The biggest mistake I made with this wine was not buying a case after I tasted the first bottle. But I only bought two bottles the next time, and the Les Maurins was gone the third time I went back to the store.
Which is the catch for the Les Maurins ($7, purchased, 12%) – otherwise a $10 Hall of Fame wine. It’s an Aldi product in the U.S. (though apparently widely available in Europe), which means availability is always going to be a problem.
Which is incredibly frustrating, because this is a great cheap wine – not quite as well done as the $10 Chateau Bonnet Blanc, but very well done and so much better than most of the wine that costs $7 that I have to taste. For one thing, it’s a white wine from the Bordeaux region of France that tastes like white Bordeaux, with lemon-lime fruit, chalky minerality, and a very clean finish. It’s not too citrusy or too fruity, two common problems with cheap white Bordeaux (much of which isn’t all that cheap at $12 to $15).
So those of us in the 33 states with Aldi stores should watch for the Les Maurins. There is also a $7 Les Maurins red Bordeaux, which is apparently as equally as well made as the white and is a big hit in Australia. Hopefully, that will show up here sooner rather than later.
Reviews of wines that don ?t need their own post, but are worth noting for one reason or another. Look for it on the fourth Friday of each month.
? Mateus Rose NV ($5, purchased, 11%): I don’t remember this wine, popular when I was in high school, tasting like raspberry 7 Up. But that was a long time ago. The wine has been repackaged since then, so that it’s in a clear glass bottle instead of the traditional green and doesn’t look quite the same as it did. And maybe it did taste like raspberry 7 Up all those years ago, which isn’t offensive — just odd.
? Chateau Graville-Lacoste Graves 2014 ($20, purchased, 12%): The legendary Kermit Lynch imports this French white Bordeaux, and it’s another example why you should buy any wine that has Lynch’s name on it. Look for freshness, minerality, and a clean sort of citrus flavor. Well worth every penny of the $20 it cost.
? Muga Rioja Reserva 2011 ($23, purchased, 13%): This Spanish tempranillo blend from one of my favorite producers was much lusher and fruitier than I expected, without as much of the tart cherry acidity and herbal appeal that I like about wines from the Rioja region. Having said that, it’s well worth drinking, and should age for close to forever. As it does, the fruit and oak will probably give way to more traditional flavors.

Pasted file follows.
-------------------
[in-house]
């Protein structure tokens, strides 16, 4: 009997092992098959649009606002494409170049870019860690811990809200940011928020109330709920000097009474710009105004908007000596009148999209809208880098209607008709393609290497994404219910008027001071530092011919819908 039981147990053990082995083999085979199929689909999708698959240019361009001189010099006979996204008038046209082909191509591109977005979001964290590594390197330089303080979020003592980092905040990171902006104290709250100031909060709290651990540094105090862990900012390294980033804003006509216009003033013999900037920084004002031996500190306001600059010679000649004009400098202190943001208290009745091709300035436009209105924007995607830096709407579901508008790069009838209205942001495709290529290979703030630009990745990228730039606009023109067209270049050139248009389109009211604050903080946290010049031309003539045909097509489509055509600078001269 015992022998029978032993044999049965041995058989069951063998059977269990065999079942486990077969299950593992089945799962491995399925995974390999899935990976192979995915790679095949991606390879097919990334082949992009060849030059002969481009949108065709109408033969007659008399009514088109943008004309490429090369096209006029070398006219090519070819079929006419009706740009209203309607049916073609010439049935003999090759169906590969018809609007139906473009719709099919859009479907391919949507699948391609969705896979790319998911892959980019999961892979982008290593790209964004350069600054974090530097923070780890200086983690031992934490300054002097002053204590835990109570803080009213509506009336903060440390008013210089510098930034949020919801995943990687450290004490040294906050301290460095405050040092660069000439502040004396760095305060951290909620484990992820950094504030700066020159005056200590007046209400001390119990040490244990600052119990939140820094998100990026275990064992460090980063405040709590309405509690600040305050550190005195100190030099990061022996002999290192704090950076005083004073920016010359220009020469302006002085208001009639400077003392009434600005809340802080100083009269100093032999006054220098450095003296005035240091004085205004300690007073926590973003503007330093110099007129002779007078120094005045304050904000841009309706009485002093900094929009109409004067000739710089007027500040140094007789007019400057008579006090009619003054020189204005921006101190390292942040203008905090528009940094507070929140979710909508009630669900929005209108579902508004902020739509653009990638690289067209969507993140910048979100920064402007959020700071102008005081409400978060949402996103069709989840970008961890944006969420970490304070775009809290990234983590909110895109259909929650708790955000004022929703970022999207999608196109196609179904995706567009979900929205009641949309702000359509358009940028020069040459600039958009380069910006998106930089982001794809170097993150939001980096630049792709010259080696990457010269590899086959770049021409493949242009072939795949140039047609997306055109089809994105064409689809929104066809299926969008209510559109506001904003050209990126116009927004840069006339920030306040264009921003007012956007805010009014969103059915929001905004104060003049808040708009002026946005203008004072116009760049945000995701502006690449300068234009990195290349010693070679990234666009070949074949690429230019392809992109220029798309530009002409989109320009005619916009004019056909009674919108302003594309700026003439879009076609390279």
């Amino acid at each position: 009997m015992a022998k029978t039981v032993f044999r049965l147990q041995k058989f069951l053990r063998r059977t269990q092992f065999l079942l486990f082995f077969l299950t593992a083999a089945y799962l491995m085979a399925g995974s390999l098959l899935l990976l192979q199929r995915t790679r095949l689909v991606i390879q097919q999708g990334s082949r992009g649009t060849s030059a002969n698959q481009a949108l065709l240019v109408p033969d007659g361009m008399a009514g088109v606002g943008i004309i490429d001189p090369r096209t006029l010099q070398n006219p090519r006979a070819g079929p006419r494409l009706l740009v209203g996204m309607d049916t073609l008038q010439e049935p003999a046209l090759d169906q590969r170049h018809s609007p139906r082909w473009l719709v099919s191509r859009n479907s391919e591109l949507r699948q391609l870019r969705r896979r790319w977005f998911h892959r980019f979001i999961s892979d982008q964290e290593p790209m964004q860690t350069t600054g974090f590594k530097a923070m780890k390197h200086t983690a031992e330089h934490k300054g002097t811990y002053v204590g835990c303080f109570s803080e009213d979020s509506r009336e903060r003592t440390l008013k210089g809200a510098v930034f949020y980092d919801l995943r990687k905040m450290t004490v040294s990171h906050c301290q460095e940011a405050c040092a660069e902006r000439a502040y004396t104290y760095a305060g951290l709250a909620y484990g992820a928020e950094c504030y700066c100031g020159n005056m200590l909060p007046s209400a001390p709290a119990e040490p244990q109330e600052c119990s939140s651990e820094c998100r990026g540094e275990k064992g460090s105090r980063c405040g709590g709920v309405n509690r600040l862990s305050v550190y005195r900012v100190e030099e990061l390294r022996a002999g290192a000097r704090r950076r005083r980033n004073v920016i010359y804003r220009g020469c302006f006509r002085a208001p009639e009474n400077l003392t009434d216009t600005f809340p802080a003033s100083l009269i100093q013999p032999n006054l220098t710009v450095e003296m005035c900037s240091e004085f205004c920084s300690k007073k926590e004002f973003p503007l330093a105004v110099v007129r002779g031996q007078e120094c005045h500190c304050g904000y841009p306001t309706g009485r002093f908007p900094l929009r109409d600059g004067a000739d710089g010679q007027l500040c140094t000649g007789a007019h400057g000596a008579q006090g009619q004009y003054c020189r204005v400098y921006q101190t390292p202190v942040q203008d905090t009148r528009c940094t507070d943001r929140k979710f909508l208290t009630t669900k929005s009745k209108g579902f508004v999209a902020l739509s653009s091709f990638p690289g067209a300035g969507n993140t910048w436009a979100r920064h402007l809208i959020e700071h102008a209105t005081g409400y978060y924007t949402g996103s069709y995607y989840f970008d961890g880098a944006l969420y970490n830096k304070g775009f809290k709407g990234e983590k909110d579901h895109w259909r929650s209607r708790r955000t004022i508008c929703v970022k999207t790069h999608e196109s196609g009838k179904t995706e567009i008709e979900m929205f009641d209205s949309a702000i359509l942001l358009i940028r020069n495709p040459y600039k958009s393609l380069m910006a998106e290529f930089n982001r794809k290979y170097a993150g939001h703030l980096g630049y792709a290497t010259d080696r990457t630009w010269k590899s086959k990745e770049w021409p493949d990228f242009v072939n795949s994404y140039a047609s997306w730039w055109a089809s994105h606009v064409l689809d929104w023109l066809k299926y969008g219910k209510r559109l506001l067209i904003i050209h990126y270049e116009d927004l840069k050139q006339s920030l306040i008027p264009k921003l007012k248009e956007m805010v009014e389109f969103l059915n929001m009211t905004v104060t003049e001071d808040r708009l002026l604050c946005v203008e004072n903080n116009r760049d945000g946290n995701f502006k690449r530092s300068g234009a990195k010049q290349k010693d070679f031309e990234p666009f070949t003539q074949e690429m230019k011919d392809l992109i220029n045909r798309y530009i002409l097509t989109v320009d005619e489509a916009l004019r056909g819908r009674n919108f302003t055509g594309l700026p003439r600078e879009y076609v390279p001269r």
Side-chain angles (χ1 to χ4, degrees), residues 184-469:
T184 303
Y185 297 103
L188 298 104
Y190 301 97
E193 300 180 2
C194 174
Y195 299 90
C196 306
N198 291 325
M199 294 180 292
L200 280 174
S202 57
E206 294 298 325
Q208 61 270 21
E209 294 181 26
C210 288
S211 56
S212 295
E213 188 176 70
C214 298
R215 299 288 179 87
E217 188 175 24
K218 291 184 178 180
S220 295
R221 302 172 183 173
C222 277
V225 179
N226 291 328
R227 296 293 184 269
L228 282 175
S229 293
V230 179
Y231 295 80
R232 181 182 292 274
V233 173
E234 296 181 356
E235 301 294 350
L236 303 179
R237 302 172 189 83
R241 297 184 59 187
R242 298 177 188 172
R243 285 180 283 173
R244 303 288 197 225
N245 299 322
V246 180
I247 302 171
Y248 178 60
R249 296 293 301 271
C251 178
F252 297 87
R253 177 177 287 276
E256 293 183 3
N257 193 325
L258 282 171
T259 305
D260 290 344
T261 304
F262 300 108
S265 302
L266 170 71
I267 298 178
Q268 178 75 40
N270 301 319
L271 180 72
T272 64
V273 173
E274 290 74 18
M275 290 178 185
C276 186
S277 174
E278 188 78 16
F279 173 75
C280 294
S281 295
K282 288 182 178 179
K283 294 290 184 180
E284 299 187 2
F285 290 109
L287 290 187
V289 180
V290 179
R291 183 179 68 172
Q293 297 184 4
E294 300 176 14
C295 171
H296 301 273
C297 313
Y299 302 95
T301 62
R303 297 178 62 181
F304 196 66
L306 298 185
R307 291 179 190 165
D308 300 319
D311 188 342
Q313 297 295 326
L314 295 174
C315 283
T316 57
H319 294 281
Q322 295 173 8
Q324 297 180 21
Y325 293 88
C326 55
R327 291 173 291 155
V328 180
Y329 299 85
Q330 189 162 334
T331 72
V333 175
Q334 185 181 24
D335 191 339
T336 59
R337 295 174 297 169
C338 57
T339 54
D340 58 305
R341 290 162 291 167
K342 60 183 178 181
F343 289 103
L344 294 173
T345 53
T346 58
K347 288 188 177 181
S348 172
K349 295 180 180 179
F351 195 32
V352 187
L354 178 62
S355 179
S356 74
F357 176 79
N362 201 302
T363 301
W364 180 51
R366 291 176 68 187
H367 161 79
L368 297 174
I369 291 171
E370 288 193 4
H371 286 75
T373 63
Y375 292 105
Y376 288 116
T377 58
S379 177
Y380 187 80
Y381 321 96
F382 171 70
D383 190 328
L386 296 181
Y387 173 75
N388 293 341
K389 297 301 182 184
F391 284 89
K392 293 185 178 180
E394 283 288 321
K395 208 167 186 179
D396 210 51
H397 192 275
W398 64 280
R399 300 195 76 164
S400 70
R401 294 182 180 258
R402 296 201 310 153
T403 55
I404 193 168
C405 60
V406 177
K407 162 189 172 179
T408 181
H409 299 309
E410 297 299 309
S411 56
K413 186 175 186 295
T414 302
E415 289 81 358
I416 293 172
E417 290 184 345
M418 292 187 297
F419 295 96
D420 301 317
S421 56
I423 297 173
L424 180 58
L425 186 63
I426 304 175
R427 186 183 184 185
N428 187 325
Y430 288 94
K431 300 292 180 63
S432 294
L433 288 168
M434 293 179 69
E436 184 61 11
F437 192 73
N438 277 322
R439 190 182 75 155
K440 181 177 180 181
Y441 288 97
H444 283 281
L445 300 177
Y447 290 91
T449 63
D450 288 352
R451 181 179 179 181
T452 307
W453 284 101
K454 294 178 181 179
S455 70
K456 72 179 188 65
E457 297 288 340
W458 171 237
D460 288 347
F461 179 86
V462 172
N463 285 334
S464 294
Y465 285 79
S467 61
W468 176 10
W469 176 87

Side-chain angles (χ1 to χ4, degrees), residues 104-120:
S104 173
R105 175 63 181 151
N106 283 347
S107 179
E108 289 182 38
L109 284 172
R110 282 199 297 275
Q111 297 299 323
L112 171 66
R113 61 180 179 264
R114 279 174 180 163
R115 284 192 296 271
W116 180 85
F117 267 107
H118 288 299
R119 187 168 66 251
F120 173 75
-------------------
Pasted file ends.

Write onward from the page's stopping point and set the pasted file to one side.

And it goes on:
?Peter Yealands Pinot Gris 2014 ($12, purchased, 13%): Why grocery store wine makes me crazy. Yealands is a respected New Zealand producer, and this white should have been delicious. But the bottle I bought was a previous vintage that was bitter and pithy on the back, and much of the fruit, freshness and crispness — hallmarks of pinot gris — were gone. Who knows how long it was sitting and baking in some warehouse? Did anyone at Kroger care?
Is any wine worth $100 a bottle? That’s the question the Wine Curmudgeon has been agonizing over since I started this wine thing all those years ago, and I still don’t know that I have an answer. But I do know how much fun it was to taste the Chateau Smith Haut Lafitte Blanc 2011 ($100, sample, 13%) to try to find the answer.
The Chateau Smith Haut Lafitte Blanc is a beautiful wine, a white Bordeaux that takes what most of us know about that blend and says, “Close your eyes, taste this, and don’t say anything quite yet.” There is so much going on, so many layers of flavor — lemon, honey, almonds, spring flowers, peaches, minerality — that I don’t even know where to start to describe it. It’s also very young; the layers overlap and nudge each other, each vying for attention. Eventually — two years? three? four ? — they’ll start to blend, and the wine will be that much more impressive.
Finally, a word about oak. Regular visitors here know how I feel, that oak should be part of the wine and not its reason for being. Also, white Bordeaux, given that it’s made with sauvignon blanc, is difficult to oak well. The Chateau Smith Haut Lafitte Blanc turns all of that on its head, and the oak is another layer that adds quality, flavor, and complexity — and it too, will eventually blend into the whole.
Highly recommended, and a wonderful gift for anyone who loves and cares about wine. And if you do taste it, let me know if it answers the $100 question.